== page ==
Okay, so I have another blog post on a trip to Paris here from a weekend trip we took in January, but there is just something about Paris that keeps bringing us back to this beautiful city. That, and the fact that is is a 3 hour ICE train ride from Mannheim, Germany!
In June 2014, my parents and sister had visited us from the States. Being their first time to Europe, I knew we had to take them into Paris, since we live relatively close. Also, my sister’s birthday coincided with their trip, and I knew this would be a spectacular gift for her birthday, which was on June 13th. So, we left Mannheim early on the morning of Friday, June 13th, and by mid-day we were in Paris. After a Metro Train connection from the Paris Est rail station, we walked to our hotel, Mercure – Paris Eiffel Tower and checked into our room. Since the hotel is only about 6 blocks from the Eiffel Tower, part of the birthday gift to my sister was ensuring that we had a room with a view of the Eiffel Tower, and our rooms did not disappoint!!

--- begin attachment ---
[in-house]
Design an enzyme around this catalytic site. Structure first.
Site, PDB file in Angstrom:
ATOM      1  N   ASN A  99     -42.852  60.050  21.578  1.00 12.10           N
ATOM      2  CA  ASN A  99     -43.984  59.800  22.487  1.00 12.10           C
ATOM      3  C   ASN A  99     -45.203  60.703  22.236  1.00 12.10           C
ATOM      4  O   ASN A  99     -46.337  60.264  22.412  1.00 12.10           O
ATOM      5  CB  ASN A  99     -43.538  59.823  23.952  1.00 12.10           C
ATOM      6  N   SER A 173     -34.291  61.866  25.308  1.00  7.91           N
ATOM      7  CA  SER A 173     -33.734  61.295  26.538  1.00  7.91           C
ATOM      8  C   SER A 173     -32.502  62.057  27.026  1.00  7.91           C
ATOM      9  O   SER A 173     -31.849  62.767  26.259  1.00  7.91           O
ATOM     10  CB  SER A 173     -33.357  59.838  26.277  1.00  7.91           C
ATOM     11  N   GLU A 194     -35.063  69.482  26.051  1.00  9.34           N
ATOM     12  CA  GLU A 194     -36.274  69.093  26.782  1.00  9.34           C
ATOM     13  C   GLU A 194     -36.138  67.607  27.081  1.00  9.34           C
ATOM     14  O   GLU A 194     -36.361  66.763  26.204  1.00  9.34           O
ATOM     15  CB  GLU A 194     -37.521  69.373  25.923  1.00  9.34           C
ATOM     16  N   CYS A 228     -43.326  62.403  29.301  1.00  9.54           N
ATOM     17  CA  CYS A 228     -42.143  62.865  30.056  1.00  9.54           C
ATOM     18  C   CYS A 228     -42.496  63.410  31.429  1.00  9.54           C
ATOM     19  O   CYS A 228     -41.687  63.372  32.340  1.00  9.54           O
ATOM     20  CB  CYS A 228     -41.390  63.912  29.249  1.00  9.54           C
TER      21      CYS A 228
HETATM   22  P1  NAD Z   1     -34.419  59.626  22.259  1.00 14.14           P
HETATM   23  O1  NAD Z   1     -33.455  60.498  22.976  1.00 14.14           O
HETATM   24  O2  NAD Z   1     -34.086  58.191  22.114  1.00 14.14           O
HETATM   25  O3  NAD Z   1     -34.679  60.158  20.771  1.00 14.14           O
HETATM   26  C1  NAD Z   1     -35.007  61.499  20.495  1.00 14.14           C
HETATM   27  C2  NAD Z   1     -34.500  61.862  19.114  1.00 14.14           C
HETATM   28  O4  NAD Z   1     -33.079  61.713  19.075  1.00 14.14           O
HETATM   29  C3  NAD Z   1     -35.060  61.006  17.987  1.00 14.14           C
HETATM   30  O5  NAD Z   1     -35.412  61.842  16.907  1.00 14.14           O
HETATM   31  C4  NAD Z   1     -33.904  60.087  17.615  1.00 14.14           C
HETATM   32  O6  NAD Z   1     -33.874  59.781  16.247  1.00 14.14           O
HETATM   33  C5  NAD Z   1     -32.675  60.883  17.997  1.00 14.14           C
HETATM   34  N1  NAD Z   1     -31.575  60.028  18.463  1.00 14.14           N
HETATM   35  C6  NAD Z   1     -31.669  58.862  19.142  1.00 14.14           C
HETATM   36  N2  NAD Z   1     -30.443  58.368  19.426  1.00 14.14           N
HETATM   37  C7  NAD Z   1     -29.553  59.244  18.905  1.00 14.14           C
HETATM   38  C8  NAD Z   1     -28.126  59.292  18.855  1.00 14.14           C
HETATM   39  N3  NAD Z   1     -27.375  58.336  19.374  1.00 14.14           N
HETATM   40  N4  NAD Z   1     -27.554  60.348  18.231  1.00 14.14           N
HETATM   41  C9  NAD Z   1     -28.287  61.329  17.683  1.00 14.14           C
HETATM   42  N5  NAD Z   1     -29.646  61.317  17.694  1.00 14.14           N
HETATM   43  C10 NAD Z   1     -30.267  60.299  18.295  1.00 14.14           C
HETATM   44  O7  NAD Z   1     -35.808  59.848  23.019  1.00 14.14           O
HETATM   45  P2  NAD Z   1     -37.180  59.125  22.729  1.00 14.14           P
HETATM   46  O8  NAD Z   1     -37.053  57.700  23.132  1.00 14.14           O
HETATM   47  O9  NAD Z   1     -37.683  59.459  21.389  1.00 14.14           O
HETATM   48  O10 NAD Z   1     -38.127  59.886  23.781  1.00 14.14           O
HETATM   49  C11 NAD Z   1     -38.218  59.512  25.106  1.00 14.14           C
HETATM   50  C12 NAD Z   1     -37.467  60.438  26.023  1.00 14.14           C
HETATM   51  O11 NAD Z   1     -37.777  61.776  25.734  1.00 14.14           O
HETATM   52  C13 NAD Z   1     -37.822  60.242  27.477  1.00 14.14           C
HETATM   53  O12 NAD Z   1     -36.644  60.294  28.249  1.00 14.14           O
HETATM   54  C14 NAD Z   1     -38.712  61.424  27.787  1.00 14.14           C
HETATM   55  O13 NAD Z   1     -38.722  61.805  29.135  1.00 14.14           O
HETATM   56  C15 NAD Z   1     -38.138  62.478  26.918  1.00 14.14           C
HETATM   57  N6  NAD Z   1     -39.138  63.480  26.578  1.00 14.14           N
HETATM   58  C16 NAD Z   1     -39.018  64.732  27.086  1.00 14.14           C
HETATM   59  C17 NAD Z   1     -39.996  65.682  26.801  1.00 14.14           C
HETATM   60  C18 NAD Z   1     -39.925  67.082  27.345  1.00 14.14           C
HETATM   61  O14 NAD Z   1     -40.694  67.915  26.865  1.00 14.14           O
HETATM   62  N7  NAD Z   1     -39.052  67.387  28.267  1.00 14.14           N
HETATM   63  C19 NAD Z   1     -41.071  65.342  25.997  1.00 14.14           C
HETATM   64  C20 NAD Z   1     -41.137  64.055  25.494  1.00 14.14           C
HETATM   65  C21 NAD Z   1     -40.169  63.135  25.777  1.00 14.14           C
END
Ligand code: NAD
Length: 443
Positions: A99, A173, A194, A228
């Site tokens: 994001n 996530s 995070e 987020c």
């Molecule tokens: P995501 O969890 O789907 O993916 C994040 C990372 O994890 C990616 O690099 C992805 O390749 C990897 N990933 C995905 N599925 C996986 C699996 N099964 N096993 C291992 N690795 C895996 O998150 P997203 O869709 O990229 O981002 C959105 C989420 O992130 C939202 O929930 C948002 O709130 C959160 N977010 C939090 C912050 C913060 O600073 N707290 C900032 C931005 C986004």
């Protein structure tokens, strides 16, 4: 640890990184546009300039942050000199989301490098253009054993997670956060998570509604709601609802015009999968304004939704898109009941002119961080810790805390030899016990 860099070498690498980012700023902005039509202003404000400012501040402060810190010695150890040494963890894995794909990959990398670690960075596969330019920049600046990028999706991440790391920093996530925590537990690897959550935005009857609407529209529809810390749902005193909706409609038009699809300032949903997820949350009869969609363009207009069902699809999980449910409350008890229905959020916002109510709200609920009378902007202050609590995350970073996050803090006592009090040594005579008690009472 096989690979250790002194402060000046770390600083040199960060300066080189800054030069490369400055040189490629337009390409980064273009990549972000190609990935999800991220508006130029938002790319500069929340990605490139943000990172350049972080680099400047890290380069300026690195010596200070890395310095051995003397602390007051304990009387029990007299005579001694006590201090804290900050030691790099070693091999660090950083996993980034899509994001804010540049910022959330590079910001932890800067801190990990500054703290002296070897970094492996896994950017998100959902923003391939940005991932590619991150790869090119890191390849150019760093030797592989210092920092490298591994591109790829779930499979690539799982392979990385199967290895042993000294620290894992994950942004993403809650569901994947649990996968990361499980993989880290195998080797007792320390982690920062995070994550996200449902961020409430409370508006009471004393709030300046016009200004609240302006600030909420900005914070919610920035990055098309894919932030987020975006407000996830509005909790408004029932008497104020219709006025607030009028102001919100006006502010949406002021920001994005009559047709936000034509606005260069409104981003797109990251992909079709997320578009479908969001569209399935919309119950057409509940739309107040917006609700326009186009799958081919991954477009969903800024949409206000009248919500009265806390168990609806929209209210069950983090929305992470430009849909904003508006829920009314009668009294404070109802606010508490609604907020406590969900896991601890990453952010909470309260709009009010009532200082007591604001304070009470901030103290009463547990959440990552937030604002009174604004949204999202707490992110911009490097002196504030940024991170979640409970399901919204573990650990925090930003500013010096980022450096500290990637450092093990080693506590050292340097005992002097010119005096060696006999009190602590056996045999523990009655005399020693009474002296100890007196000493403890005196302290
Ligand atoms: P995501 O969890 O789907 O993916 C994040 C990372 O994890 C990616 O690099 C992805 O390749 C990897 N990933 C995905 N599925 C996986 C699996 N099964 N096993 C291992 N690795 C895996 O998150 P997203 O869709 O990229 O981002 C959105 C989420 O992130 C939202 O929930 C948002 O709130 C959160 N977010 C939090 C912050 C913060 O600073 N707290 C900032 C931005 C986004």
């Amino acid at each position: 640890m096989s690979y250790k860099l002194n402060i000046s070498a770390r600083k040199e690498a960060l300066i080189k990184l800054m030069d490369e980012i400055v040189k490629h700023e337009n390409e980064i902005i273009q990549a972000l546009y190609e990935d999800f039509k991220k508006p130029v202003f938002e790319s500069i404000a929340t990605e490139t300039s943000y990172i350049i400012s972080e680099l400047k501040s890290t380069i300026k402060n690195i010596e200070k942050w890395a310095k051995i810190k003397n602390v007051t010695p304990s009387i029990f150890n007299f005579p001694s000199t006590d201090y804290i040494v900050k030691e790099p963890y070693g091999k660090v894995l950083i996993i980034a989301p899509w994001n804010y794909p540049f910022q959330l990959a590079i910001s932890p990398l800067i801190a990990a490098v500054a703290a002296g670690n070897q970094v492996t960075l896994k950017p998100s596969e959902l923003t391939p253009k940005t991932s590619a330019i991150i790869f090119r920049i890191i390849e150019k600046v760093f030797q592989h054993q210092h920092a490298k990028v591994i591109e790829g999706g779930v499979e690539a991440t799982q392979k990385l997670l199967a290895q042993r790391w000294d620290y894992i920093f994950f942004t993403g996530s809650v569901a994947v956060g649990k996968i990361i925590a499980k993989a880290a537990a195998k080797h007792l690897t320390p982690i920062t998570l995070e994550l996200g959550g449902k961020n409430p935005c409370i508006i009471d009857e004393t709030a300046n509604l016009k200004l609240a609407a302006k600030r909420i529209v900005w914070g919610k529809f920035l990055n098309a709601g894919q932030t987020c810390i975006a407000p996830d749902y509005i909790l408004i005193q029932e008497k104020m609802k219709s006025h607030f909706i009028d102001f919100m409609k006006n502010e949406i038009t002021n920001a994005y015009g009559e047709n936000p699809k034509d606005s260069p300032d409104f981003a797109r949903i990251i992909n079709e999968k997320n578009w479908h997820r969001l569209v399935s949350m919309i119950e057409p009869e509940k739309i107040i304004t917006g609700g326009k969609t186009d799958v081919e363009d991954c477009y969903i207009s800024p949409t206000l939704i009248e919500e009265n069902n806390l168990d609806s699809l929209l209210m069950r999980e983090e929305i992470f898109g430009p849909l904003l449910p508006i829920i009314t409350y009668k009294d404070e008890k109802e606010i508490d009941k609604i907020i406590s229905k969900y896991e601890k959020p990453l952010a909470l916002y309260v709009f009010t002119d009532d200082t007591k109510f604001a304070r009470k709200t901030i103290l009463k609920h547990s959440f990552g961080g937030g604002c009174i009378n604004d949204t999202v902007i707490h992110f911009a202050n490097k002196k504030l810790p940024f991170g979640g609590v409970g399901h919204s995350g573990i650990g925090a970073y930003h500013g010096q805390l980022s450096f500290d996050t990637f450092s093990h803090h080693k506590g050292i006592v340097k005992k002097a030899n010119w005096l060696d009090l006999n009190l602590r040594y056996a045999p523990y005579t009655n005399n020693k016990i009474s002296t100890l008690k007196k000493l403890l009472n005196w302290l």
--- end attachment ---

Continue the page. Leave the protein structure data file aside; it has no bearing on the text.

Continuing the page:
Once we recovered a little from our travels, we had booked a Seine River cruise and left to arrive at our meeting point for departure. There are several Seine River tour operators, and you can buy your tickets at the dock locations. However, to avoid long lines that occur, I highly recommend to buy your tickets online. From there, you print out the tickets, and bypass the line, and just go to the line to wait for the boat. After reading reviews on TripAdvisor.com, we selected our Seine River cruise with a company called Canauxrama, and were highly impressed. Our cruise was a mid-afternoon cruise, which was a little hard to see some of the sights with the sun directly in our eyes. But, as we headed back, we had great views with the sun at a perfect angle for picture taking. If I had it to do over, we would have scheduled an evening cruise to see the buildings and monuments lit up, but there is always next time.
After our Seine River cruise, we sat out for a walk around the Eiffel Tower.